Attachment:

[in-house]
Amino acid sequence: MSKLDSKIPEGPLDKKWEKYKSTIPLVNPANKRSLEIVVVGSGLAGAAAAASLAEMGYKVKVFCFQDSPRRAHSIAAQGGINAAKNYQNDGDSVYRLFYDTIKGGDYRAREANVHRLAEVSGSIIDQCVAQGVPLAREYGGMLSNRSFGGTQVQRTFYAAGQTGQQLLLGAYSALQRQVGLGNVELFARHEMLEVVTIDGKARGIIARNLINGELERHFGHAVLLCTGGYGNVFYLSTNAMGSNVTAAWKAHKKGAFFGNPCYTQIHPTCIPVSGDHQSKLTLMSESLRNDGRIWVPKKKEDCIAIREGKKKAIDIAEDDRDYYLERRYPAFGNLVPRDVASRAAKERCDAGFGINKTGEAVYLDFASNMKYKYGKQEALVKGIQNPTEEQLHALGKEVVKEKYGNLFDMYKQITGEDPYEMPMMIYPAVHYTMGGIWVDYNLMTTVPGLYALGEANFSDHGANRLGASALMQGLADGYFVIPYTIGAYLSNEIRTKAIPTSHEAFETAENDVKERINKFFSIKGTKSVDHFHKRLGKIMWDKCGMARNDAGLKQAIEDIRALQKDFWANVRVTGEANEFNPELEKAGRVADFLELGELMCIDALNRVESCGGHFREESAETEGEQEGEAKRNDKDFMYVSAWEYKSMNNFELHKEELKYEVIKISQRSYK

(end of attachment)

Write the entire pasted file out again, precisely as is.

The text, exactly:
[in-house]
Amino acid sequence: MSKLDSKIPEGPLDKKWEKYKSTIPLVNPANKRSLEIVVVGSGLAGAAAAASLAEMGYKVKVFCFQDSPRRAHSIAAQGGINAAKNYQNDGDSVYRLFYDTIKGGDYRAREANVHRLAEVSGSIIDQCVAQGVPLAREYGGMLSNRSFGGTQVQRTFYAAGQTGQQLLLGAYSALQRQVGLGNVELFARHEMLEVVTIDGKARGIIARNLINGELERHFGHAVLLCTGGYGNVFYLSTNAMGSNVTAAWKAHKKGAFFGNPCYTQIHPTCIPVSGDHQSKLTLMSESLRNDGRIWVPKKKEDCIAIREGKKKAIDIAEDDRDYYLERRYPAFGNLVPRDVASRAAKERCDAGFGINKTGEAVYLDFASNMKYKYGKQEALVKGIQNPTEEQLHALGKEVVKEKYGNLFDMYKQITGEDPYEMPMMIYPAVHYTMGGIWVDYNLMTTVPGLYALGEANFSDHGANRLGASALMQGLADGYFVIPYTIGAYLSNEIRTKAIPTSHEAFETAENDVKERINKFFSIKGTKSVDHFHKRLGKIMWDKCGMARNDAGLKQAIEDIRALQKDFWANVRVTGEANEFNPELEKAGRVADFLELGELMCIDALNRVESCGGHFREESAETEGEQEGEAKRNDKDFMYVSAWEYKSMNNFELHKEELKYEVIKISQRSYK